Do Antidepressants Work?

Did the med not work? Or did you not take it correctly?

Part 3 of 5 part series – The compliance issue and why Medications fail

Never has there been an area more argued in the fields of science and medicine than that of the effectiveness of medications for treating common mental health issues such as depression, anxiety, and suicidal thoughts and feelings. Even strong advocates of treatment with medication will say that it may take several different medications or combinations of medications before finding one that works for a particular individual. On the individual level, it does not take long to find many that claim no medications have ever helped them at all, and even  claims of medication making it worse.

Treating Depression and Mental Illness

Looking at the inherent problems in treating mental health conditions and determining effectiveness of drug therapies brings the biggest issue to the forefront. Since the vast majority of all mental health issues are just a set of subjective symptoms, with no defining test to say when a person “has it”, it is equally difficult to determine if a person is cured. Unlike most physical illnesses where there are visible signs and scientific tests that measure both the existence of and the seriousness of an illness, mental illness has no such markers.

Many people spend considerable time trying to determine if they do in fact have a mental health issue. That same consideration comes into play when determining if a treatment is working, at what point is it no longer depression and just some sad days? This also contributes to the larger problem of patient expectations when being treated for things like depression or anxiety. These issues are not about feelings that people should never have, all people feel anxious or depressed on occasion. If the expectation is to never feel those things again, then there would never be a “success” in treating these conditions.

What do Anti Depressants Do?

Medications for mental illness are not designed to make a person “happy” or extra easy going. Many people have expectations of the false euphoria one would get from recreational drugs that cause giddiness, happiness, of sense of supreme well-being. This would be similar to believing that taking medicine to cure an illness or infection that left your weak and bedridden should give you super strength and physical abilities you did not possess before.  The sole purpose is to make extreme feelings more manageable or to help eliminate or control the false feelings or doom or despair caused by some conditions.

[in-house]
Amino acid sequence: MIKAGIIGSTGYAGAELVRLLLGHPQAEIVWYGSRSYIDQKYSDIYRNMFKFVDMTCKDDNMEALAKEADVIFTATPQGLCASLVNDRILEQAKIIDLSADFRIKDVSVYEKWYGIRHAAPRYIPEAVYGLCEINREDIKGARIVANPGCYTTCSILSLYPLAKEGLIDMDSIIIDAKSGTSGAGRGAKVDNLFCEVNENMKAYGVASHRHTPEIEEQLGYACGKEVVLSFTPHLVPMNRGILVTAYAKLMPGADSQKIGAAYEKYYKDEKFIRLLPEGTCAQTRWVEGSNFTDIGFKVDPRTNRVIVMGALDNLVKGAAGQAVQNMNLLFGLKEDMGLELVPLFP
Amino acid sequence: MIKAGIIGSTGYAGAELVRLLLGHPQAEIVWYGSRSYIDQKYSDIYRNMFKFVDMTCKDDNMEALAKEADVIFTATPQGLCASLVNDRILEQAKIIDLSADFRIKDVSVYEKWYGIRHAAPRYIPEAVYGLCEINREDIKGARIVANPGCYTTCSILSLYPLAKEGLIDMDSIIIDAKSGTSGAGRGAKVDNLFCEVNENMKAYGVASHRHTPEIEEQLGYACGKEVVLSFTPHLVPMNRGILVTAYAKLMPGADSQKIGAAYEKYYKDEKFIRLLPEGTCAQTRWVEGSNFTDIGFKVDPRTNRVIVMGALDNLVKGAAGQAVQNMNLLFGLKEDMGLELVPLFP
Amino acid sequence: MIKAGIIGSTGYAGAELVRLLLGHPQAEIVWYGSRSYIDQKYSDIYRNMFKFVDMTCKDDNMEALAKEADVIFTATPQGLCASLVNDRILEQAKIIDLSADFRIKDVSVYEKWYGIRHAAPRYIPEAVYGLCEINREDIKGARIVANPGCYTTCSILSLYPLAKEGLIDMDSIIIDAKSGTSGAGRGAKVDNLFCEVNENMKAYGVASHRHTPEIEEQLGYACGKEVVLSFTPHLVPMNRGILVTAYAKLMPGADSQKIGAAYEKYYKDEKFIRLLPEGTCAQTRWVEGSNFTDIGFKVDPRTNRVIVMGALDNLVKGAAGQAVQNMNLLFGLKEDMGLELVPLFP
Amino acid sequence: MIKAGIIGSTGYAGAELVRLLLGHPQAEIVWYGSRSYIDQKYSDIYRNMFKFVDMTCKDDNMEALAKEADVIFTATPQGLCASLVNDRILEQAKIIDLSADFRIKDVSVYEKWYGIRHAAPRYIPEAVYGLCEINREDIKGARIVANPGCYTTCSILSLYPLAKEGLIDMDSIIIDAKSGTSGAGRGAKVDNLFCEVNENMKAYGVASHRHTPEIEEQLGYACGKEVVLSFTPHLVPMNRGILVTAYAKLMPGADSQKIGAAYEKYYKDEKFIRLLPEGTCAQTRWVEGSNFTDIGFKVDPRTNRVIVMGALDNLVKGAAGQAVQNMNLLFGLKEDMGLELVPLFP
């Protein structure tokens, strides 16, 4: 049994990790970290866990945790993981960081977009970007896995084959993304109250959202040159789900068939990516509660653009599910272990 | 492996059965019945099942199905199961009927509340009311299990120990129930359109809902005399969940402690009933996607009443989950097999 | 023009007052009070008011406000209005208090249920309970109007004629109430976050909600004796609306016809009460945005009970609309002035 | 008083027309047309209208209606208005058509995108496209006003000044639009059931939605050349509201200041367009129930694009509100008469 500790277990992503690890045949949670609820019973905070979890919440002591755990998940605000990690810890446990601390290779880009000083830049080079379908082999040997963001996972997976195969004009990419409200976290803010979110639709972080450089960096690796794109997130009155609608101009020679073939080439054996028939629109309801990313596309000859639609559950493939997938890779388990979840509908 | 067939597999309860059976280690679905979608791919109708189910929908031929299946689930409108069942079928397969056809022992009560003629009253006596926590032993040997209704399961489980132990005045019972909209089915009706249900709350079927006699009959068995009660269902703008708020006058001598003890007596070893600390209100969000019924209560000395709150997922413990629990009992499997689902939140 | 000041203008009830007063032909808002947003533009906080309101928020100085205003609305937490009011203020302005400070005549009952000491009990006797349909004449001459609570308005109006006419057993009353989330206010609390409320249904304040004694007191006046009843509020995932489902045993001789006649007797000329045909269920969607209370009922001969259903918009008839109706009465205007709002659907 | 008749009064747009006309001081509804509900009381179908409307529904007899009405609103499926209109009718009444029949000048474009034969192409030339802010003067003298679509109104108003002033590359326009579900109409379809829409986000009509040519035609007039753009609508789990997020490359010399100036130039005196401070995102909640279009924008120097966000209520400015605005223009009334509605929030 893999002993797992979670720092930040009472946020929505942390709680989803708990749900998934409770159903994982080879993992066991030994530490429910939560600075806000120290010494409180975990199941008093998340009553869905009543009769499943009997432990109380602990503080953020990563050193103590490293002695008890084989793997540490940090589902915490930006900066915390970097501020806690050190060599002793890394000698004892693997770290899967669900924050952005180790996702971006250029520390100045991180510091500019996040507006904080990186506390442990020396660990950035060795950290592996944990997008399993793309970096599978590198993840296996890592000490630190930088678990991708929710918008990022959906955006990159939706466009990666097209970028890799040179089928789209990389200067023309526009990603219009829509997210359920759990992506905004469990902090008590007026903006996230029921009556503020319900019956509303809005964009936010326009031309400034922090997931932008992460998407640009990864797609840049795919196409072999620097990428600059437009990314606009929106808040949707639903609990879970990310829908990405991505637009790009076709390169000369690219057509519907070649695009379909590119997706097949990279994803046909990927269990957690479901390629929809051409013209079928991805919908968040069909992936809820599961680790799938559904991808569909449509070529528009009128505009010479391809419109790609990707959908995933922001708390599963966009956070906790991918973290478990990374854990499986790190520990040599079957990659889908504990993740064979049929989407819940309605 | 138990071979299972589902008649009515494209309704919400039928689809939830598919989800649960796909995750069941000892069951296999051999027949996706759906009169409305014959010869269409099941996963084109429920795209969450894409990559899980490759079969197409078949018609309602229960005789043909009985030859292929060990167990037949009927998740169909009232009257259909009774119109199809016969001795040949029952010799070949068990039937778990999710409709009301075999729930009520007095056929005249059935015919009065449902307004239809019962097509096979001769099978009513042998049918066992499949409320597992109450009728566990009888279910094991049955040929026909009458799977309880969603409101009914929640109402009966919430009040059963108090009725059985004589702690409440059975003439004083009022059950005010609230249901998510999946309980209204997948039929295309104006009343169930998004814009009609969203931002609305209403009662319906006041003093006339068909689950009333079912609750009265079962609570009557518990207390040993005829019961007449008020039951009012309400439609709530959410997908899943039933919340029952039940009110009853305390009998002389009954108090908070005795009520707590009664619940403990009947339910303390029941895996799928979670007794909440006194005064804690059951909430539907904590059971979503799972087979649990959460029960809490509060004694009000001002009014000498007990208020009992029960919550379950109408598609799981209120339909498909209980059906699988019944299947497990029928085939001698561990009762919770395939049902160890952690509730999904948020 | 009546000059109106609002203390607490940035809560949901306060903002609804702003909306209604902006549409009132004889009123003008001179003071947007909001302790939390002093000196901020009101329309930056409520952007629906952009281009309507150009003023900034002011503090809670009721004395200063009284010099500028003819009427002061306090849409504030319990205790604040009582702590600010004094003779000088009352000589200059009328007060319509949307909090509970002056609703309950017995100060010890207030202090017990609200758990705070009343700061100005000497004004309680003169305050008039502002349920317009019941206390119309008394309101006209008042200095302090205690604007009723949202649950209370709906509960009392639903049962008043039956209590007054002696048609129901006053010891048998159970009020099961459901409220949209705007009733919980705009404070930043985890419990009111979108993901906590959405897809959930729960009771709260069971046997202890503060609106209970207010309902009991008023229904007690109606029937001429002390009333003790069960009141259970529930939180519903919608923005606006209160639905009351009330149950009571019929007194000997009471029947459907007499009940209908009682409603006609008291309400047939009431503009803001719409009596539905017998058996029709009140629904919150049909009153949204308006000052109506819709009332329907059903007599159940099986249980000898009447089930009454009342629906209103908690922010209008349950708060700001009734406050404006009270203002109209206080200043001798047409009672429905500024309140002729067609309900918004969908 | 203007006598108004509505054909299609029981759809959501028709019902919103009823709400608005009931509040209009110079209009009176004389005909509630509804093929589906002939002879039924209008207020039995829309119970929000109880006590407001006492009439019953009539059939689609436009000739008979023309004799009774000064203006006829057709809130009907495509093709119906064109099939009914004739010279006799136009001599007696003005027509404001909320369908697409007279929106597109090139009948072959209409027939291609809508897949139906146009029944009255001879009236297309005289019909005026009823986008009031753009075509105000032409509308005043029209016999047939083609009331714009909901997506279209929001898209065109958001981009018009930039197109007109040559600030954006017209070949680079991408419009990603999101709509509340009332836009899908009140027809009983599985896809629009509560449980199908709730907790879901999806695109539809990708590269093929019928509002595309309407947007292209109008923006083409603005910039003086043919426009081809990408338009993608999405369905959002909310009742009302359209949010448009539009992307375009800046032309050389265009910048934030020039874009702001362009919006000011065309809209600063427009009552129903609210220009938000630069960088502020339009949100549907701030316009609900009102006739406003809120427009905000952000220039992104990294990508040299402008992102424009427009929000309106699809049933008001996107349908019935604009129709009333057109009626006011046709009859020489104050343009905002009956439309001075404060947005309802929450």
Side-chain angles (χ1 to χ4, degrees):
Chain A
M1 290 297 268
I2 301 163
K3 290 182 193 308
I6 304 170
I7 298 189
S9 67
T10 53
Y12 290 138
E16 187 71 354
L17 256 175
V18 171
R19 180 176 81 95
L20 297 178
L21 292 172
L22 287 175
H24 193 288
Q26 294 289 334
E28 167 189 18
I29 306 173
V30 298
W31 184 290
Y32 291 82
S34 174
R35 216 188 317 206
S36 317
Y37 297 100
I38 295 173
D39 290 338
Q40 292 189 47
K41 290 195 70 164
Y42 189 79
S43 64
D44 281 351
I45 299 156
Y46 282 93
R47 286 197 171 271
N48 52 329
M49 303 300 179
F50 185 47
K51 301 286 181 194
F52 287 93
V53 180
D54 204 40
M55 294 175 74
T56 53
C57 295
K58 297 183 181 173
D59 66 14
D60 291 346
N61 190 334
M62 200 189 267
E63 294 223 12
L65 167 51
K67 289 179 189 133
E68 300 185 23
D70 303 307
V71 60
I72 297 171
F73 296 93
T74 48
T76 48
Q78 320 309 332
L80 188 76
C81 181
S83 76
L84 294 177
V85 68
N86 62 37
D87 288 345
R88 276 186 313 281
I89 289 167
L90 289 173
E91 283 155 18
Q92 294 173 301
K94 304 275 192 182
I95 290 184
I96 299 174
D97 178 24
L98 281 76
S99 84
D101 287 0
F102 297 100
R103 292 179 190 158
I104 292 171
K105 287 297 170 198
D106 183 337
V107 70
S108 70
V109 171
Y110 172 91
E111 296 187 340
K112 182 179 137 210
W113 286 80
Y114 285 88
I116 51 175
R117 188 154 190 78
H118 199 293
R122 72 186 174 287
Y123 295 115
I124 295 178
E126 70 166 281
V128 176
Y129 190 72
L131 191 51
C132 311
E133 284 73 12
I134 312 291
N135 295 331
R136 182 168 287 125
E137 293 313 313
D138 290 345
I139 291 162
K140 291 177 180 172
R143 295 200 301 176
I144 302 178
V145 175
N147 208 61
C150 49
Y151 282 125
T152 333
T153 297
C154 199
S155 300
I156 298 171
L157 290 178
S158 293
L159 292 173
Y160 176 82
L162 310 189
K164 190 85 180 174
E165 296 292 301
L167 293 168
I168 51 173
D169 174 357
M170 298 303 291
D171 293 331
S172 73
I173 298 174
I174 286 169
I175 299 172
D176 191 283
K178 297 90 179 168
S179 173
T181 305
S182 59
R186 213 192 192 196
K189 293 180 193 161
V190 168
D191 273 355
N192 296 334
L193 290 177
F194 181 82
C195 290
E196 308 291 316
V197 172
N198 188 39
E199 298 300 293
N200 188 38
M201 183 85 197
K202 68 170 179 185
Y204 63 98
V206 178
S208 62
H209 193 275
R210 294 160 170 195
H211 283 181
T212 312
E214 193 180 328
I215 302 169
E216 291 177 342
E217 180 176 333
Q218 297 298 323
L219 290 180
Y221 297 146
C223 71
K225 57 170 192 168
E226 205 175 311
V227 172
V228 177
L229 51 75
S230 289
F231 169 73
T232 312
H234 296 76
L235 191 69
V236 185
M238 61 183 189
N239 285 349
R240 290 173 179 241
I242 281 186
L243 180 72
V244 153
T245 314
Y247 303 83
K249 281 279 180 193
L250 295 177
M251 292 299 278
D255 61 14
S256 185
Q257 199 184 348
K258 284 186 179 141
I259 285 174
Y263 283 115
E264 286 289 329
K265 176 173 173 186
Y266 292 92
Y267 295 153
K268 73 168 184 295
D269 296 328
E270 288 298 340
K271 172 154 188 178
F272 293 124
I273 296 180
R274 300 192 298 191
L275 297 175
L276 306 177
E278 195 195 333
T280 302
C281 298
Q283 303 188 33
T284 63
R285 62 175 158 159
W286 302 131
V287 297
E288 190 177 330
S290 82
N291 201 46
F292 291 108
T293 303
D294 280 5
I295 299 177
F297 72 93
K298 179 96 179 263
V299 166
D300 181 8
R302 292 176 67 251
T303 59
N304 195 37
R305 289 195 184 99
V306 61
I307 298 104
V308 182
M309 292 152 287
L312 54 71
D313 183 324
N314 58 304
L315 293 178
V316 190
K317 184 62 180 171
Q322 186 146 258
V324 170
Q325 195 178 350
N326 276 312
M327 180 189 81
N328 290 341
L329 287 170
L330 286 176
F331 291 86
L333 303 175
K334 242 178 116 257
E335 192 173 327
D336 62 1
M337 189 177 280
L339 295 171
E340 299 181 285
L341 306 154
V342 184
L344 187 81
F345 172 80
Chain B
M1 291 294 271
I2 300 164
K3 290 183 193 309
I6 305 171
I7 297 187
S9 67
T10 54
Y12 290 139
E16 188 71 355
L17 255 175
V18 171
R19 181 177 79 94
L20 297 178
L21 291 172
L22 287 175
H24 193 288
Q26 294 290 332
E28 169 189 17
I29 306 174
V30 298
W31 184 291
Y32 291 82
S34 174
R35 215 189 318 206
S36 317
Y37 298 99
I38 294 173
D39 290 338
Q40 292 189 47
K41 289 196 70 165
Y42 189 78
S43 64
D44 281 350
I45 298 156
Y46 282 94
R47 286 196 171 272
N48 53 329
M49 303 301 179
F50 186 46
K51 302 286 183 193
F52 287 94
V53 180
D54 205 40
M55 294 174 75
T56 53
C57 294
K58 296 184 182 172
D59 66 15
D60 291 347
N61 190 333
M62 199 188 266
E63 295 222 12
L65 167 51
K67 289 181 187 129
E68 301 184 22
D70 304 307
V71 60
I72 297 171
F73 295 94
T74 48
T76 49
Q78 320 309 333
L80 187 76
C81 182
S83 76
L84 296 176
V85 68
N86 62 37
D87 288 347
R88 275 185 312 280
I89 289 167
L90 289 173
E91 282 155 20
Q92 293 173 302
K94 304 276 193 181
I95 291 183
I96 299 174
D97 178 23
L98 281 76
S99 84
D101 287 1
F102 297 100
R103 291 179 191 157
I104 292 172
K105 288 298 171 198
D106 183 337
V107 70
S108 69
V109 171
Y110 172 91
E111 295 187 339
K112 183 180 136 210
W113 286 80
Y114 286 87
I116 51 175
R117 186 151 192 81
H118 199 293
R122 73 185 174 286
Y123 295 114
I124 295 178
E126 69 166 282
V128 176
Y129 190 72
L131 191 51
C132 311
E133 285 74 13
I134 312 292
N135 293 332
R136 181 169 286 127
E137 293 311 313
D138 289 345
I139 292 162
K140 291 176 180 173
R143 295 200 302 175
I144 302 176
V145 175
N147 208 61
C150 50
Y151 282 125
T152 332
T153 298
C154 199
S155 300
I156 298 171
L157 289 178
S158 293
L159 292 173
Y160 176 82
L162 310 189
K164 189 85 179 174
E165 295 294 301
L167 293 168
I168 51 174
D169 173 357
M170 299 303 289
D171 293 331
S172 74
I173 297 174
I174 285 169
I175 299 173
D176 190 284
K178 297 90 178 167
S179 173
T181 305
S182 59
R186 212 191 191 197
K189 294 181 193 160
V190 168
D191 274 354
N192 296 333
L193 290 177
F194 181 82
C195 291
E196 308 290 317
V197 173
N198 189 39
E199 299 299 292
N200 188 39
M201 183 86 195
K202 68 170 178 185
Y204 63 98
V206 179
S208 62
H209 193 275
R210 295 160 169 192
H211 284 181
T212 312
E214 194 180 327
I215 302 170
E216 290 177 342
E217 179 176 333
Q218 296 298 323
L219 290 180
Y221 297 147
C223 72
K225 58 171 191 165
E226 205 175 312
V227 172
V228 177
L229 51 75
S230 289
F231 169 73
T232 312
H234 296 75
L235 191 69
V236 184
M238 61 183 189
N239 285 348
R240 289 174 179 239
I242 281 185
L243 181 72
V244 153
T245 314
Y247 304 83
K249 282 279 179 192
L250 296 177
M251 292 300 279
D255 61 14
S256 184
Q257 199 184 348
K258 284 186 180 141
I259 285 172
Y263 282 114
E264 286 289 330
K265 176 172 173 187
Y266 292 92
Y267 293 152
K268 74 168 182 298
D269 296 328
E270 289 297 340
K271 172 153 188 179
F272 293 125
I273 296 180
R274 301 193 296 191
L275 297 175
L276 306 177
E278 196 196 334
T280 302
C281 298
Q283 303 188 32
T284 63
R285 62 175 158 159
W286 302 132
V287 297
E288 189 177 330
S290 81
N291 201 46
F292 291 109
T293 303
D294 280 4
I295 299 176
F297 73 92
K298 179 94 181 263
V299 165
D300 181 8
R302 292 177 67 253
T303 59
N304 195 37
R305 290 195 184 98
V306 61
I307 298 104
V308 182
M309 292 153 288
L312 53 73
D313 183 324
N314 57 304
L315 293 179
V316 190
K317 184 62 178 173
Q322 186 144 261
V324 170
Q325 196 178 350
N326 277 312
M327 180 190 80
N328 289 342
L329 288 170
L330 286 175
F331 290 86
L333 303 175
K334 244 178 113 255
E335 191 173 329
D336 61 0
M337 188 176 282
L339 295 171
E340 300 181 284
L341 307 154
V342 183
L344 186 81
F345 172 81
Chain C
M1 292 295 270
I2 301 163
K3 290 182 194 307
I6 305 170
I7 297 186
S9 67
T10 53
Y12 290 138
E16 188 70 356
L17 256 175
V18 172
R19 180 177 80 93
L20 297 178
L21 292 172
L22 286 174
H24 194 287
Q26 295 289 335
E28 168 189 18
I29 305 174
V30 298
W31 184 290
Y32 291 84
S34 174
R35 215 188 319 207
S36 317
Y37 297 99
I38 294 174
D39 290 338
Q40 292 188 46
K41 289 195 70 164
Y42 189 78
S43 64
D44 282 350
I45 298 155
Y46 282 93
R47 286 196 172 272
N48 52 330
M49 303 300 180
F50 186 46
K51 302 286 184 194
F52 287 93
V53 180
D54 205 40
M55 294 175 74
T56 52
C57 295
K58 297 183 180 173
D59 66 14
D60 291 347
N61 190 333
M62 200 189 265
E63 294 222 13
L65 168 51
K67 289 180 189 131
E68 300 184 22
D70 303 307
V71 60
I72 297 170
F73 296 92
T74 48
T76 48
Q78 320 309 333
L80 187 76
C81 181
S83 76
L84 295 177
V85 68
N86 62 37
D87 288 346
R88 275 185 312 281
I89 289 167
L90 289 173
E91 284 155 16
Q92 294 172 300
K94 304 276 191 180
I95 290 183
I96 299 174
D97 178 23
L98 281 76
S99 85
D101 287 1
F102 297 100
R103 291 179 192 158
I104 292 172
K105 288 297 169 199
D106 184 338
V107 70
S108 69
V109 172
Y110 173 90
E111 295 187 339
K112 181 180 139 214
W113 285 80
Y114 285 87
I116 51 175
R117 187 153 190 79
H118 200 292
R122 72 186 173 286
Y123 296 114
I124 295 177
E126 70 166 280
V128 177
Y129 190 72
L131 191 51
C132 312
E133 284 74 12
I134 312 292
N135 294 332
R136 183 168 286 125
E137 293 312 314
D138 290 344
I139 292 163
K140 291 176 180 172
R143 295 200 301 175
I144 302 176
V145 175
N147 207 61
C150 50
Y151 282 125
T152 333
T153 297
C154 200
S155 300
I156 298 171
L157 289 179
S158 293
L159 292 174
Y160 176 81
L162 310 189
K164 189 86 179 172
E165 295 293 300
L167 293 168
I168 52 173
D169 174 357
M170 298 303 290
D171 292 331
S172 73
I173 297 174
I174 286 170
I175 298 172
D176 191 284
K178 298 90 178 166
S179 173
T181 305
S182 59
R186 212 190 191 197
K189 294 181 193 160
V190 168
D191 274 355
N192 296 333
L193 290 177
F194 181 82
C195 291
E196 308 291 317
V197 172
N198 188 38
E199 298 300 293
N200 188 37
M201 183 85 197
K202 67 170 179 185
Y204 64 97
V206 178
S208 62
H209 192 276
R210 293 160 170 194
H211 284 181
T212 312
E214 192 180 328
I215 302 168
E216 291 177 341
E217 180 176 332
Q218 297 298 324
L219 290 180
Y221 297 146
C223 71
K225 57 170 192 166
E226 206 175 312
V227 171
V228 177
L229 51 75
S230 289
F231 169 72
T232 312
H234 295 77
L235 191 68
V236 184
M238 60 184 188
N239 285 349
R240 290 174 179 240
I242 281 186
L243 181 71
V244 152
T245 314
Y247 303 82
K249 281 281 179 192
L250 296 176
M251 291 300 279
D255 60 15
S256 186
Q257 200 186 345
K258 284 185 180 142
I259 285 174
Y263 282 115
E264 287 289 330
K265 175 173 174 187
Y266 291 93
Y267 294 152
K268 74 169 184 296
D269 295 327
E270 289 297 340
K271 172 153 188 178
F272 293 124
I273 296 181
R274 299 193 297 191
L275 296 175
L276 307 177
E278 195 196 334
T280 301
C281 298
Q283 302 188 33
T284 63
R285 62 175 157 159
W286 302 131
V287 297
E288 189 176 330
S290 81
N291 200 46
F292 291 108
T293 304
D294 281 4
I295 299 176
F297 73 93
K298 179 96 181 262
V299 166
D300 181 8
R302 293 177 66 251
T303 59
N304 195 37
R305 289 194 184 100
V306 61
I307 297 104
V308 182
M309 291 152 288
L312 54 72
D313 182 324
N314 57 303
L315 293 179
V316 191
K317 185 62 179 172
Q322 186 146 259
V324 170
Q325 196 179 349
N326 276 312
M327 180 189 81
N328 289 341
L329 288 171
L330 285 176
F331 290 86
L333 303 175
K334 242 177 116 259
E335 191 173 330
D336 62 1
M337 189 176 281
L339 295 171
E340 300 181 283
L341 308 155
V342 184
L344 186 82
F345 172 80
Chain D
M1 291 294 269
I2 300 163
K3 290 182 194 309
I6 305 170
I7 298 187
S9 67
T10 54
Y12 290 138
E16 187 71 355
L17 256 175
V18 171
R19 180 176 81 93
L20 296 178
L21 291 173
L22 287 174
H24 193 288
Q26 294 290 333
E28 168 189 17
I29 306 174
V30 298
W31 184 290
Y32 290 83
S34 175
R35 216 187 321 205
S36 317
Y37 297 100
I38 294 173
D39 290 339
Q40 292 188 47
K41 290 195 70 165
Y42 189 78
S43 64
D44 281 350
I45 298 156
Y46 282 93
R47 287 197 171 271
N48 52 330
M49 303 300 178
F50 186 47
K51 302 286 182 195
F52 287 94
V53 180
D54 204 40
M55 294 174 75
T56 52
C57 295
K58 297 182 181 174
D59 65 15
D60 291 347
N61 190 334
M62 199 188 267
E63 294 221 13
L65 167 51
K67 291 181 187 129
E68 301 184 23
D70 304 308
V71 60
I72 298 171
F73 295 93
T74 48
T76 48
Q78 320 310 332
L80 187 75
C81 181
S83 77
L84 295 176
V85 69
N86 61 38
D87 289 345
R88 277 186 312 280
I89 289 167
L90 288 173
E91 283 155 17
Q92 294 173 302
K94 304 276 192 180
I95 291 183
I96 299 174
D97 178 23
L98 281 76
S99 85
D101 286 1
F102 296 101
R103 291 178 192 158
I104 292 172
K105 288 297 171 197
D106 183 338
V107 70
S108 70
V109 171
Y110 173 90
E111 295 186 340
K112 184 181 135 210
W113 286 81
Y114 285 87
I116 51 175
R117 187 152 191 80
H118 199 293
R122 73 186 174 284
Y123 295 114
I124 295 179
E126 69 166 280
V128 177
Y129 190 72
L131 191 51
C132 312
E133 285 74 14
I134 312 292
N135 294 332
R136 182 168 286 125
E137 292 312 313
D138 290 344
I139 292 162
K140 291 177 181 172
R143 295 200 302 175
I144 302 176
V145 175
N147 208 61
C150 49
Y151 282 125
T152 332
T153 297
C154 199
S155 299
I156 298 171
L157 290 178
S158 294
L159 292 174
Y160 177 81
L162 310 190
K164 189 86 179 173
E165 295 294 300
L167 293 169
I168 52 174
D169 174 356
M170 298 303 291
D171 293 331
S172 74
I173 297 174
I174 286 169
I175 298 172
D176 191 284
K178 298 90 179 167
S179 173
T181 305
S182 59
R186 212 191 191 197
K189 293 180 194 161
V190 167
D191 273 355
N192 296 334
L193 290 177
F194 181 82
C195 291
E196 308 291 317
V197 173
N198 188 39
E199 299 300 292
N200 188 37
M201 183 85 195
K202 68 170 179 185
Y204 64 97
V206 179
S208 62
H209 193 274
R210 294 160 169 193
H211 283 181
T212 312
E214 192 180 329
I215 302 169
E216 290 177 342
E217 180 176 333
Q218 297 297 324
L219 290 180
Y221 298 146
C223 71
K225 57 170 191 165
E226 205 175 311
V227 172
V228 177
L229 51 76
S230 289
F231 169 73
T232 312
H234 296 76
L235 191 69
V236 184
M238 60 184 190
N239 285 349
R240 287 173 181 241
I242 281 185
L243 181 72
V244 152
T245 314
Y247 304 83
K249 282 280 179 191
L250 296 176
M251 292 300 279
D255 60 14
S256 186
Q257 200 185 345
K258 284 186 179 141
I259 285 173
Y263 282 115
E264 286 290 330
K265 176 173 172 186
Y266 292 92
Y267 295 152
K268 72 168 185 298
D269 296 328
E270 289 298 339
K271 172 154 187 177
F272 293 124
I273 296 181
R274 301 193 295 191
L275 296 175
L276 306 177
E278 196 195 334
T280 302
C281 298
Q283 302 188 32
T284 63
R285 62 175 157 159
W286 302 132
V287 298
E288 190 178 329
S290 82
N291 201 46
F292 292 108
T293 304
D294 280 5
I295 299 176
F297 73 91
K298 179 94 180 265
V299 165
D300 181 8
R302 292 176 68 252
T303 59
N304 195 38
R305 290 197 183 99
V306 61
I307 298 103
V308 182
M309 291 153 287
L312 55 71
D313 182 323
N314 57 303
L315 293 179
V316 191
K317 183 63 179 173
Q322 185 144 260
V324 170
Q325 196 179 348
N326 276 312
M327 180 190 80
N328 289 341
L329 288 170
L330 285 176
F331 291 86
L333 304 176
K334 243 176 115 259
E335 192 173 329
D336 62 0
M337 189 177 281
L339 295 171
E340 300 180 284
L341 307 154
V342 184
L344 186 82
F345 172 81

The successful treatment of depression does not result in “happy”, it results in the ability to control the tears and/or hopelessness that results in inability to do anything that can result in happiness or making changes to get to a better place. The absence or reduction of depression can still be “sad but able to function” for example if the situation or circumstance would result in sad in a “normal” person (for example following a loss of a loved one). It is the false expectation in results that leads many to not take medication as directed or to believe it is not working so they stop taking it. Even if when they stop taking it things are noticeably worse, many often try to argue ineffectiveness as opposed to compliance with taking being the issue.

 

Handout to physicians discussing need to remind patients of compliance needs
Handout to physicians discussing need to remind patients of compliance needs

Being Medication Compliant

With antidepressants and the issues of despondency as a symptom, treatment compliance is often as low as 25% of patients. If only one in four take the medications as prescribed for the duration of treatment, expectations of optimal results in benefits are going to be substantially reduced. While it takes compliance to see the benefits, the adverse effects are usually much easier to see and may even result due to not taking as prescribed, which greatly increases the reports of adverse side effects compared to benefits in real world use compared to controlled clinical trials.